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Christian Haas

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In scenarios where allocations are determined by participant’s preferences, Two-Sided Matching is a well-established approach with applications in College Admissions, School Choice, and Mentor-Mentee matching problems. In such a context, participants in the matching have preferences with whom they want to be matched with. This article studies two important concepts in Two-Sided Matching: multiple objectives when finding a solution, and manipulation of preferences by participants. We use real data sets from a Mentor-Mentee program for the evaluation to provide insight on realistic effects and implications of the two concepts. In the first part of the article, we consider the quality of solutions found by different algorithms using a variety of solution criteria. Most current algorithms focus on one criterion (number of participants matched), while not directly taking into account additional objectives. Hence, we evaluate different algorithms, including multi-objective heuristics, and the resulting trade-offs. The evaluation shows that existing algorithms for the considered problem sizes perform similarly well and close to the optimal solution, yet multi-objective heuristics provide the additional benefit of yielding solutions with better quality on multiple criteria. In the second part, we consider the effects of different types of preference manipulation on the participants and the overall solution. Preference manipulation is a concept that is well established in theory, yet its practical effects on the participants and the solution quality are less clear. Hence, we evaluate the effects of three manipulation strategies on the participants and the overall solution quality, and investigate if the effects depend on the used solution algorithm as well.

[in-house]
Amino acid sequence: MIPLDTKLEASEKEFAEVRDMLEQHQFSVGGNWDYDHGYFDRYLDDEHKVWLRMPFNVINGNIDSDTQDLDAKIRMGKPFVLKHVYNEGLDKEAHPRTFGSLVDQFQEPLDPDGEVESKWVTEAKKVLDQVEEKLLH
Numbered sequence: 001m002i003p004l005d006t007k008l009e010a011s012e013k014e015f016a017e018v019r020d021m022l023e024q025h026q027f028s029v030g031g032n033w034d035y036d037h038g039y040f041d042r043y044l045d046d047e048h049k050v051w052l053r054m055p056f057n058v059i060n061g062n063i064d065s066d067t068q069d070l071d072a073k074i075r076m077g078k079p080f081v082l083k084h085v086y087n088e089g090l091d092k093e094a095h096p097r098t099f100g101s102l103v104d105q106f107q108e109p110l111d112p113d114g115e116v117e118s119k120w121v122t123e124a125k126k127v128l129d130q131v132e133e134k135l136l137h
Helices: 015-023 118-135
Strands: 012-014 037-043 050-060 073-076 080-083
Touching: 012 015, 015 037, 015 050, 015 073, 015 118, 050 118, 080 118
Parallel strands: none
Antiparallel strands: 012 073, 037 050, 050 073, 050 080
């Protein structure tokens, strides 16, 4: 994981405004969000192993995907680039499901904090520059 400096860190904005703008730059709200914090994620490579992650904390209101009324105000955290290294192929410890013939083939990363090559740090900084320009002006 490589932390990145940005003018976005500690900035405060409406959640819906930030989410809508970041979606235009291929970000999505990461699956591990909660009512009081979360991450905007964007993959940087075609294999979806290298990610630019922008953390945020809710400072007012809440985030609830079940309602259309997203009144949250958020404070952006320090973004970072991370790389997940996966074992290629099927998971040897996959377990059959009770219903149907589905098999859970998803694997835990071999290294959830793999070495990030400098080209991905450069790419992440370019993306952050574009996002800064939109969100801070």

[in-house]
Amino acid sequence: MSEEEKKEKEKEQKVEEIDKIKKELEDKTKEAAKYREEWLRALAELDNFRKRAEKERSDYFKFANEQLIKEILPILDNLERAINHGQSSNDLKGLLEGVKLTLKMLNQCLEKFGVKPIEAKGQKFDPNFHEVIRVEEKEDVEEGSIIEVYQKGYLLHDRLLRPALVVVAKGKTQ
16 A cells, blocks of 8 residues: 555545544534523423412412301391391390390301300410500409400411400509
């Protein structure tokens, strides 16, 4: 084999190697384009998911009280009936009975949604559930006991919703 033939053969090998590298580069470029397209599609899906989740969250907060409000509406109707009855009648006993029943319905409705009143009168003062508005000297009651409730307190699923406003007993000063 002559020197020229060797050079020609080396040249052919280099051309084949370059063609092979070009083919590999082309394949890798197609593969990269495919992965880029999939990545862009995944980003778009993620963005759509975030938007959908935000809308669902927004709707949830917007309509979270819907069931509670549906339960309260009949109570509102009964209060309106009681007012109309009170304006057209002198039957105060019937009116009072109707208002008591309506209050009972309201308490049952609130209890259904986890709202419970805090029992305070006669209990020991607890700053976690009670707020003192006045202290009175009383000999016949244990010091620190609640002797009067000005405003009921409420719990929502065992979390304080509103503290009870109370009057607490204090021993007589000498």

© 2019 Haas, Hall.

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Creative Commons Attribution 4.0 License
This work is licensed under a Creative Commons Attribution 4.0 License.